Port Orleans Fun Facts & Trivia
The Port Orleans Resorts are probably the most subtly themed and yet detail-filled of any of the non-deluxe Walt Disney World resorts. Less garish than the Value resorts and more picturesque than the other Moderates, the Walt Disney Imagineers who designed Port Orleans achieved some superb results with their beautiful and evocative Southern design concepts.
For Disney trivia buffs, or if you just want to find out a bit more background information on the design and building of the hotels and their grounds, look no further!
- Designed and built to reflect the ornate styles and architecture of New Orleans’ French Quarter in the American Old South along the lower Mississippi River.
- The registration lobby — the Port Orleans Mint — is located in the commercial building of Port Orleans Square is themed after the inside of a commercial bank of the 1800s. The musical staff notes across the registration desk represent the first verse of the classic tune “When the Saints Go Marching In”.
- Bonfamille’s Café, the resort’s full-service restaurant which closed its doors on 5th August 2000, was named after Madame Bonfamille from the Disney animated feature The Aristocats, which is also referenced in the naming of Scat Cat’s Club. Disney historian Jim Korkis wrote an excellent article on the backstory at MousePlanet.
- At the food court, the bakery section was originally named Jacques’ Beignets, which is not only another Aristocats reference but also an aural pun on American comedian Jack Benny.
- The old Bonfamille’s Café restaurant is now used as a test kitchen for developing new culinary ideas for other locations around Walt Disney World, and for occasional resort cast member activities.
- The Courtyard serves as a focal point around which the dining, recreation and entertainment take place. The ‘streets’ emanate from the courtyard area in a similar arrangement to that found in the historic Jackson Square Warehouse District located in the French Quarter of New Orleans.
- In the real New Orleans, the French Quarter is a six-by-thirteen block district famed for its balconies, wrought-iron railings, cobblestone streets and courtyards. Steeped in both Spanish and French colonial history, the French Quarter is also known as the Vieux Carre or “Old Square”.
- Mardi Gras — or “Fat Tuesday” — is the celebration that signals the beginning of the Lenten season. In New Orleans, this holiday is marked with parades, floats, masks, beads and the sentiment laissez le bon temps roulez, or “let the good times roll!” Each year, the Port Orleans French Quarter cast members put on a small unofficial Mardi Gras parade for the guests.
- The lush landscaping features palm trees and tropical plants that are reminiscent of those found in New Orleans’ Garden District. Pear trees, oaks, crepe, myrtles and magnolias complete the picture.
- Mardi Gras specialists Blaine Kern Artists Inc. were responsible for collecting and creating the special prop items such as the jesters. Some of the Mardi Gras decorative props were purchased directly from Mardi Gras warehouses in New Orleans.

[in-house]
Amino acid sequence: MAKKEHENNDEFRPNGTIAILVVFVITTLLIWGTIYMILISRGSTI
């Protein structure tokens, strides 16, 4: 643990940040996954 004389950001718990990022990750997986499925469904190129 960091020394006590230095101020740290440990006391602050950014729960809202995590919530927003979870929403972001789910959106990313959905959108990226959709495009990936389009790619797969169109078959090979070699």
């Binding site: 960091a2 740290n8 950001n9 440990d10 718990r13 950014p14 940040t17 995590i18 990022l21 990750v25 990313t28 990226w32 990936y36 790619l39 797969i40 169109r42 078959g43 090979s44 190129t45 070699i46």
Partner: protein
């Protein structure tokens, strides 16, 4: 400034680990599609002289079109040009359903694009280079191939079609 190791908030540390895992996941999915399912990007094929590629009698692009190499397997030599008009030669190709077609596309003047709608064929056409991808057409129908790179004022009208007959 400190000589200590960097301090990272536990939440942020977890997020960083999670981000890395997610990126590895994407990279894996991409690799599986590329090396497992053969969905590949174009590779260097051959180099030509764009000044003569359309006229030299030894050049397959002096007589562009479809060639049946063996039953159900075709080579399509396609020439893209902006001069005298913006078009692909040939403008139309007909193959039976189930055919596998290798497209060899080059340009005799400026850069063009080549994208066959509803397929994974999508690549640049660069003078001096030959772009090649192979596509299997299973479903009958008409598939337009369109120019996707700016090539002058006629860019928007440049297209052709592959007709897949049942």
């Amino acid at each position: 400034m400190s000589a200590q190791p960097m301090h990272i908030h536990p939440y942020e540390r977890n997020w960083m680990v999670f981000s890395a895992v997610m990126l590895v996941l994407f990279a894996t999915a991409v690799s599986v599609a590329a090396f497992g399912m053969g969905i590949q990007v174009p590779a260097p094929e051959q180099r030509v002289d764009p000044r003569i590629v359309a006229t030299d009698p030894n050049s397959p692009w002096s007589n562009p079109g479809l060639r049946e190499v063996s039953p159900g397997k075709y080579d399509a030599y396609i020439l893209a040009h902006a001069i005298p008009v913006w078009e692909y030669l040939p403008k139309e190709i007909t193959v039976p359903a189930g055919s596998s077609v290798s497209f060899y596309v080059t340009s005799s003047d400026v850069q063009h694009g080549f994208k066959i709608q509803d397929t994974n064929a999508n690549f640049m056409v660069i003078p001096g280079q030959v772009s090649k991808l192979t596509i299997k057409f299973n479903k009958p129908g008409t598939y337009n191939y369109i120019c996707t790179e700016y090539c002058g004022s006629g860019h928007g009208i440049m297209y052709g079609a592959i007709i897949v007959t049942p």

- The colourful jester figures located inside the food court and on the approach to the Doubloon Lagoon pool are very closely based on the figure found next to the Canal Street / Algiers Ferry terminal in New Orleans — see this Flickr photo.
- The project architects were Fugleberg Koch Architects of Winter Park, FL in collaboration with Disney Development Co. The company was also responsible for the design of the Old Key West Resort and the Caribbean Beach Resort.
- The 1,008 guest rooms are located in seven three-story buildings, with 144 rooms per building.
- 59 rooms feature one King Size bed, and 32 rooms are specially adapted to accommodate guests requiring wheelchair access.
- The entire site, including the Riverside section, covers a total of 325 acres.
- The “Sassagoula Steamboat Company” lobby, which houses the registration desks and guest services, is themed after the inside of an actual riverboat and you can see the ports of call listed around the tops of the decorative columns: Riverside, French Quarter, Gretna, Chalmette, Port Eads, St. Louis, Sainte Genevieve, Cape Girardeau, Cairo, New Madrid, Caruthersville, Memphis, Helena, Greenville, Vicksburg, Vidalia, Natchez and Baton Rouge.
- At the Riverside check-in area, look for the Hidden Mickeys in the wood latticework above the destinations and on either side of the giant fans.
- The Riverside Mill food court was themed after an old Southern cotton mill and houses a cotton press powered by an authentically reproduced and working 35 foot water wheel. The food court, which was previously known as the Colonel’s Cotton Mill, features a 450 seat dining area.
- Boatwright’s Dining Hall is themed after a wooden shipbuilding yard with vintage shipbuilding tools hanging on the walls inside the restaurant. The partially built sailboat is actually an authentic reproduction of the flat-bottom “New Orleans Lugger’ that sailed the Mississippi River in the 1820s. Constructed at the Brewers Dauntless Ship Yard, you can find construction information and photos here. The restaurant can seat 208 people.
- The dockside immediately outside Boatwright’s features a cleverly imagined raised boat-ramp, just adjacent to two giant faux sliding doors hung from metal rails on the side of the building — after all, the shipyard would need to get its newly built boats down onto the river somehow, wouldn’t it?